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Evaluation in Iteration Functions

The built-in Mathematica iteration functions such as Table and Sum evaluate their arguments in a slightly special way.
When evaluating an expression like Table, the first step, as discussed in "Blocks and Local Values", is to make the value of i local. Next, the limit in the iterator specification is evaluated. The expression f is maintained in an unevaluated form, but is repeatedly evaluated as a succession of values are assigned to i. When this is finished, the global value of i is restored.
The function RandomReal is evaluated four separate times here, so four different pseudorandom numbers are generated.
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This evaluates RandomReal before feeding it to Table. The result is a list of four identical numbers.
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In most cases, it is convenient for the function f in an expression like Table to be maintained in an unevaluated form until specific values have been assigned to . This is true in particular if a complete symbolic form for f valid for any i cannot be found.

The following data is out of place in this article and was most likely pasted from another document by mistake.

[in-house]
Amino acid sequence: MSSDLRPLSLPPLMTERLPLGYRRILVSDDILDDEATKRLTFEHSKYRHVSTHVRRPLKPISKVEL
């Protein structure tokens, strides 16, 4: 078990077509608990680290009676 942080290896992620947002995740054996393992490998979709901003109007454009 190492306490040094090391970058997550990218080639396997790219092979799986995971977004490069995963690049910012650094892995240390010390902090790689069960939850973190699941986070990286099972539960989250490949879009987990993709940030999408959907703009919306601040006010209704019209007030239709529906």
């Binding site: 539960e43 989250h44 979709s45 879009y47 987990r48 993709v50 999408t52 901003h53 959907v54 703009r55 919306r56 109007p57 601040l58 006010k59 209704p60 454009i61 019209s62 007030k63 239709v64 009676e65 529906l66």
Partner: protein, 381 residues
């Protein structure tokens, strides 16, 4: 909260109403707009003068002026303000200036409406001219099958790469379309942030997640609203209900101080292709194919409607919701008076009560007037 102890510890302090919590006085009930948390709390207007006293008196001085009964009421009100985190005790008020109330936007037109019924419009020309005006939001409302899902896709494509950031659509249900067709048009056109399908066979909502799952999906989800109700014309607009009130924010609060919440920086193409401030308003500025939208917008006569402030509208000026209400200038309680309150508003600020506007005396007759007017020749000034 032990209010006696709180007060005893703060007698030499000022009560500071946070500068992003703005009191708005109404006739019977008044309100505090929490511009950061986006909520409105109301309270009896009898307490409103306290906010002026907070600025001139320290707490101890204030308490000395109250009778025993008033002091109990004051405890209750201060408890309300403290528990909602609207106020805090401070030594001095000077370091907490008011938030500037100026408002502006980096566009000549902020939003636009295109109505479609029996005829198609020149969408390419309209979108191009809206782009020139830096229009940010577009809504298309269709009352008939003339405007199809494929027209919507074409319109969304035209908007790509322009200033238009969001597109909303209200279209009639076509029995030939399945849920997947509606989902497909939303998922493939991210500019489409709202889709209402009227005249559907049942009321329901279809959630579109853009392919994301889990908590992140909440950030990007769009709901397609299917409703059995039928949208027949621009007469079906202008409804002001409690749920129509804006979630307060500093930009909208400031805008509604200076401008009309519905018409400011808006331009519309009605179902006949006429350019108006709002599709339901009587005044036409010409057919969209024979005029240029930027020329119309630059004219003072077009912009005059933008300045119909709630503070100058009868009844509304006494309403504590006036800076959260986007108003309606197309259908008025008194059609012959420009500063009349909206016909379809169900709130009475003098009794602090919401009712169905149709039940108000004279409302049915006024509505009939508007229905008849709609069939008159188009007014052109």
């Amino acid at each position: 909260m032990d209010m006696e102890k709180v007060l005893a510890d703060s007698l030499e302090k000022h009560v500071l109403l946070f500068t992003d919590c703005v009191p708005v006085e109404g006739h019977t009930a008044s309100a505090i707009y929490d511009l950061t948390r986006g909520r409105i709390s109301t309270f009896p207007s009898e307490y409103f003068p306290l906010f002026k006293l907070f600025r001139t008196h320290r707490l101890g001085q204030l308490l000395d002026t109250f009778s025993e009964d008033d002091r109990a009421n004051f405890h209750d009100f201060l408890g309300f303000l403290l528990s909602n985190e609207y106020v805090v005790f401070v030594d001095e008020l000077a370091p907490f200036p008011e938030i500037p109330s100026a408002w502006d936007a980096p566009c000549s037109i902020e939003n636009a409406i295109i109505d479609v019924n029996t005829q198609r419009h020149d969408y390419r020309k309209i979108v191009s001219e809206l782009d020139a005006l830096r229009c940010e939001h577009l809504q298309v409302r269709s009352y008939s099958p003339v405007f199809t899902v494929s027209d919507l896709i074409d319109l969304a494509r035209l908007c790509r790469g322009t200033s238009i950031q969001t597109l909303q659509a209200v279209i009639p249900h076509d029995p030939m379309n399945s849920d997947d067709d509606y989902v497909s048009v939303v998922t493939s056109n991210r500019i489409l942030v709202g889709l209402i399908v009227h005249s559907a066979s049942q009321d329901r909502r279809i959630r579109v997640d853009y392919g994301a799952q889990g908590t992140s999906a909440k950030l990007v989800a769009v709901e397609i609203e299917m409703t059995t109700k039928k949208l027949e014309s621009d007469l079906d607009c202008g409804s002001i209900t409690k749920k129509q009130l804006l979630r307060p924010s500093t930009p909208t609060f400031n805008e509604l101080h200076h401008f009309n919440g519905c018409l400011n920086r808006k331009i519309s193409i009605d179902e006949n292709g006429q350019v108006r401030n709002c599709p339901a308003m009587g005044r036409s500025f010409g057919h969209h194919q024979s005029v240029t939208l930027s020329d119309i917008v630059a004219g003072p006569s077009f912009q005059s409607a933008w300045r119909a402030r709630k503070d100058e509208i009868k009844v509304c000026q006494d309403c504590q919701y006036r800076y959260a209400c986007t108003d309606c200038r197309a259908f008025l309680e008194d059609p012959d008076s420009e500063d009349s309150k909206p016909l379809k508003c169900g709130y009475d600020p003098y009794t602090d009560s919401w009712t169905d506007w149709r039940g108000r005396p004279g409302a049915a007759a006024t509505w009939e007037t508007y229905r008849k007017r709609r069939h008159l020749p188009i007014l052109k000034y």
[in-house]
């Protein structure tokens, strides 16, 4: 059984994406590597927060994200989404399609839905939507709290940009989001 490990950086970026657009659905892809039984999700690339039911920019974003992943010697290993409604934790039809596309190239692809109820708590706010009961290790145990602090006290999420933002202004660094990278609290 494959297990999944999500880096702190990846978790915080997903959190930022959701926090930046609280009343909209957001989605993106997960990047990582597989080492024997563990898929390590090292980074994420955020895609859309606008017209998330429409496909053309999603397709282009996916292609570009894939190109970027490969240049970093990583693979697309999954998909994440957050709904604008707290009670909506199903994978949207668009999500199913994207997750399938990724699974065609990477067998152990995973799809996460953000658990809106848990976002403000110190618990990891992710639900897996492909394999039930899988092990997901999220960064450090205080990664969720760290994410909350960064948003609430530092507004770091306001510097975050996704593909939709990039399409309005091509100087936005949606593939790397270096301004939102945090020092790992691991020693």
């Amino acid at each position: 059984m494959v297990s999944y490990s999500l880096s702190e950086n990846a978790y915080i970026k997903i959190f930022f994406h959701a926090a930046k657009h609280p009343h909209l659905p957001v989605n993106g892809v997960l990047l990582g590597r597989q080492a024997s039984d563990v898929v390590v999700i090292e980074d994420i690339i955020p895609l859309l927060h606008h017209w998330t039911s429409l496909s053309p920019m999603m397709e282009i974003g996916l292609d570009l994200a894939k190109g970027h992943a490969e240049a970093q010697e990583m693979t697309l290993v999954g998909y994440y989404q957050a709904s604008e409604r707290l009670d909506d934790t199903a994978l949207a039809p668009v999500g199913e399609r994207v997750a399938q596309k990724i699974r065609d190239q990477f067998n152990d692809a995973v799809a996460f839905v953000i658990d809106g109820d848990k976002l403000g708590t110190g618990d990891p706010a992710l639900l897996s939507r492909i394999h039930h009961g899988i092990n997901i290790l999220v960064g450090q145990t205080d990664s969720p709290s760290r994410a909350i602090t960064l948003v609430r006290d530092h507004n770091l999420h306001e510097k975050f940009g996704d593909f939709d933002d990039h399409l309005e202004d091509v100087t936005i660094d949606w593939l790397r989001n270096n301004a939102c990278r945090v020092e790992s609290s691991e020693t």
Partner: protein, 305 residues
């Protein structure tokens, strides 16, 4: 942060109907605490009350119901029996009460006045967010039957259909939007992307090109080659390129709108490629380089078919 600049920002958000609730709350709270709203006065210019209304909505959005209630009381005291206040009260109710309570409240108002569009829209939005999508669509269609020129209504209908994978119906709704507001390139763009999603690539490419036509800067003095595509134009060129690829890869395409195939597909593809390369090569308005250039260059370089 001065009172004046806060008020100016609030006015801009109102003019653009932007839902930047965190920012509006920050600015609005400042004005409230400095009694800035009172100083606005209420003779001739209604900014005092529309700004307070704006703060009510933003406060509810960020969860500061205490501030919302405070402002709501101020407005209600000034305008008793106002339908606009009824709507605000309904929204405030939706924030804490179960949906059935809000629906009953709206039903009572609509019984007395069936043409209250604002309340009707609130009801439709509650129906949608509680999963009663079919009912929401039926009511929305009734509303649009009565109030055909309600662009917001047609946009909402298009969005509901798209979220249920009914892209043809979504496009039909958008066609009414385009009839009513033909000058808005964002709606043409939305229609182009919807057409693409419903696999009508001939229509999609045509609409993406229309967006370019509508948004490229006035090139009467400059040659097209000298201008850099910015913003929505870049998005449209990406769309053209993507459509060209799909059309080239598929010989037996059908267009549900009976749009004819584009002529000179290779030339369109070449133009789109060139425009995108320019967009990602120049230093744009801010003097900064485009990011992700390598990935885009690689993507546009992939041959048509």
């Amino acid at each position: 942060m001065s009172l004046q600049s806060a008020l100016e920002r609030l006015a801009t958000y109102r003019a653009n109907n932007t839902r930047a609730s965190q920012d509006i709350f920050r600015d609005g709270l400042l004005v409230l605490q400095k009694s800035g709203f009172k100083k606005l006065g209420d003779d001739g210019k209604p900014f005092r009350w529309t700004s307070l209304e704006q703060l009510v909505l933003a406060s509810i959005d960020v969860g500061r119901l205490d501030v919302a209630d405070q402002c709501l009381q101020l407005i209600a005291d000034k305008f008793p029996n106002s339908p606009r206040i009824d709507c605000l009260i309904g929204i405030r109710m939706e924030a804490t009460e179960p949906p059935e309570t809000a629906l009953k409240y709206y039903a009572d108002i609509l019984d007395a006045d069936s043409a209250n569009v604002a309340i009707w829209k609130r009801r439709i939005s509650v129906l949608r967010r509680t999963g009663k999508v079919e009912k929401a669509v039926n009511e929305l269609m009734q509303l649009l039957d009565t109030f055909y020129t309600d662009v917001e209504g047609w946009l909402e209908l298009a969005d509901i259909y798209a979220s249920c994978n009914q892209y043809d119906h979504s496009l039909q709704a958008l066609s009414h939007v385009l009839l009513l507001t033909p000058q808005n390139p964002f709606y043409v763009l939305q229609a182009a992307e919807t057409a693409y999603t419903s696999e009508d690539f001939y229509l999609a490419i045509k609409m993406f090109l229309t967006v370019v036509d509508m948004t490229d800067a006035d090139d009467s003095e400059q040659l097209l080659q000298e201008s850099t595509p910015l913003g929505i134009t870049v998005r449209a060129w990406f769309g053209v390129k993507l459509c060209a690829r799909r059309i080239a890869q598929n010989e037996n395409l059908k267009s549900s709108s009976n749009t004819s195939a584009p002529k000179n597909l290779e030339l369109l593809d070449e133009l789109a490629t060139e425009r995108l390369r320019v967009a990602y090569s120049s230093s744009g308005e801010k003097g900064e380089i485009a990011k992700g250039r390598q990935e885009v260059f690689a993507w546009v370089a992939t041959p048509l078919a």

This defines to give the factorial when it has an integer argument, and to give (standing for "Not a Number") otherwise.
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In this form, is not evaluated until an explicit integer value has been assigned to .
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Using Evaluate forces to be evaluated with left as a symbolic object.
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In cases where a complete symbolic form for f with arbitrary i in expressions such as Table can be found, it is often more efficient to compute this form first, and then feed it to Table. You can do this using Table[Evaluate[f], {i, imax}].
The Sum in this case is evaluated separately for each value of .
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It is however possible to get a symbolic formula for the sum, valid for any value of .
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By inserting Evaluate, you tell Mathematica first to evaluate the sum symbolically, then to iterate over .
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Table[f,{i,imax}]keep f unevaluated until specific values are assigned to i
Table[Evaluate[f],{i,imax}]evaluate f first with i left symbolic

Evaluation in iteration functions.